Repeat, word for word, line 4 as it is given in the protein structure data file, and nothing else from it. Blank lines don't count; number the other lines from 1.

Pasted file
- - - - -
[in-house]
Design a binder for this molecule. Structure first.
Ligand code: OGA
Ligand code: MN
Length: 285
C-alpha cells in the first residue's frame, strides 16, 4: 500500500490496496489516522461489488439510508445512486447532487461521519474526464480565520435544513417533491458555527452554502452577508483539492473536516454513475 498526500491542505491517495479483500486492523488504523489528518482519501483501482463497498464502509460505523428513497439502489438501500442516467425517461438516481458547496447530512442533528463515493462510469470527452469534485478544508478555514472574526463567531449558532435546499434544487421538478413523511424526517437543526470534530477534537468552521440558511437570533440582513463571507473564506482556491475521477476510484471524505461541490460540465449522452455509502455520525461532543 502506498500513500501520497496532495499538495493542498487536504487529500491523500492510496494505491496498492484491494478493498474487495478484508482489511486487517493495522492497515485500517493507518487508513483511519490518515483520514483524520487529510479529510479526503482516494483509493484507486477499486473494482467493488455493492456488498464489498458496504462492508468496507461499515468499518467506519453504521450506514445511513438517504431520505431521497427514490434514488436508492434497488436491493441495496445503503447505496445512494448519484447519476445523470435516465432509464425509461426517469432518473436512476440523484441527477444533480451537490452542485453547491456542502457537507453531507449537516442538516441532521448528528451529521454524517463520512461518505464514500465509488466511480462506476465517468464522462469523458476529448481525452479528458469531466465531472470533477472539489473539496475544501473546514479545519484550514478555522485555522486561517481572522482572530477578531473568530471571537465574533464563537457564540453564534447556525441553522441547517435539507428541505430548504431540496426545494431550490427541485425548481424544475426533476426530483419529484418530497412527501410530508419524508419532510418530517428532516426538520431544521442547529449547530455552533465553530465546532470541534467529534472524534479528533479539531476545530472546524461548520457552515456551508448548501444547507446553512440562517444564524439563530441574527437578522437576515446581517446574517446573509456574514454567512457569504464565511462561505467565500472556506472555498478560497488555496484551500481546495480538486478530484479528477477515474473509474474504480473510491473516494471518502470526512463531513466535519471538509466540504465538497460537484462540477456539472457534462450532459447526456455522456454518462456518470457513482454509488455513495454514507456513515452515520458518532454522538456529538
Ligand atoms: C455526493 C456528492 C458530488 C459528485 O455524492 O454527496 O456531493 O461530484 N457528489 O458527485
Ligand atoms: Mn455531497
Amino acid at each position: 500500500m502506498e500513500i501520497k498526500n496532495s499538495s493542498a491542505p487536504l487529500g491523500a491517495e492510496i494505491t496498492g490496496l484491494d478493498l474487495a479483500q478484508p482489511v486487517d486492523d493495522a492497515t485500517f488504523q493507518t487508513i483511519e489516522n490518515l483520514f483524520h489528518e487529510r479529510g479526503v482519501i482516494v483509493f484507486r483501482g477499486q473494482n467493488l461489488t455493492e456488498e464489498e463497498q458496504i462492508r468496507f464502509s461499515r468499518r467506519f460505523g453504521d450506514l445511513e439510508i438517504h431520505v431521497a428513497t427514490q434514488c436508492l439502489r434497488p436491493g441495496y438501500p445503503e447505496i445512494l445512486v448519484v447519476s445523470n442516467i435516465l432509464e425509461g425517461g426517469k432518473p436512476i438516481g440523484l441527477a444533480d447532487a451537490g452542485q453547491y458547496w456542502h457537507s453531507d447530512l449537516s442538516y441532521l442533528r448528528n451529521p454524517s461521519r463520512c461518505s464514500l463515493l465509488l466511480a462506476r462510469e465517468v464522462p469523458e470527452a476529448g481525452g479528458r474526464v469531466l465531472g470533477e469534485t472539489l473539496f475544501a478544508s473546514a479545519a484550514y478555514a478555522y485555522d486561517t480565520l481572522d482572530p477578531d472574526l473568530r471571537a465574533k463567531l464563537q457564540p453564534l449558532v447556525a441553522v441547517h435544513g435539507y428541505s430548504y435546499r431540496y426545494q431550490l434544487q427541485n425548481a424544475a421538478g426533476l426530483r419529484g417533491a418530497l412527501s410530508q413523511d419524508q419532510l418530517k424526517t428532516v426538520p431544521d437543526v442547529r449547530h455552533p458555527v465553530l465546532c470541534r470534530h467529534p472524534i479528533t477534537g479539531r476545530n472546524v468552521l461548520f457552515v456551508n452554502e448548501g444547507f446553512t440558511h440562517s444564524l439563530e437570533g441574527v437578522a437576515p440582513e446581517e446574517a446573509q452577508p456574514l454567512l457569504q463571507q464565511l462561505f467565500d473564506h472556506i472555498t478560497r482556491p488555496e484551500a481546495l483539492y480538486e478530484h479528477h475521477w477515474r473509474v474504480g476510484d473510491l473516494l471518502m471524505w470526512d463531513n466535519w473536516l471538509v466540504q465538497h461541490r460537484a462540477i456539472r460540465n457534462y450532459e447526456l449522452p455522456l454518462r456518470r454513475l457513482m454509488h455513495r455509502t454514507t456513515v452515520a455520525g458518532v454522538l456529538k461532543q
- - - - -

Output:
Ligand code: MN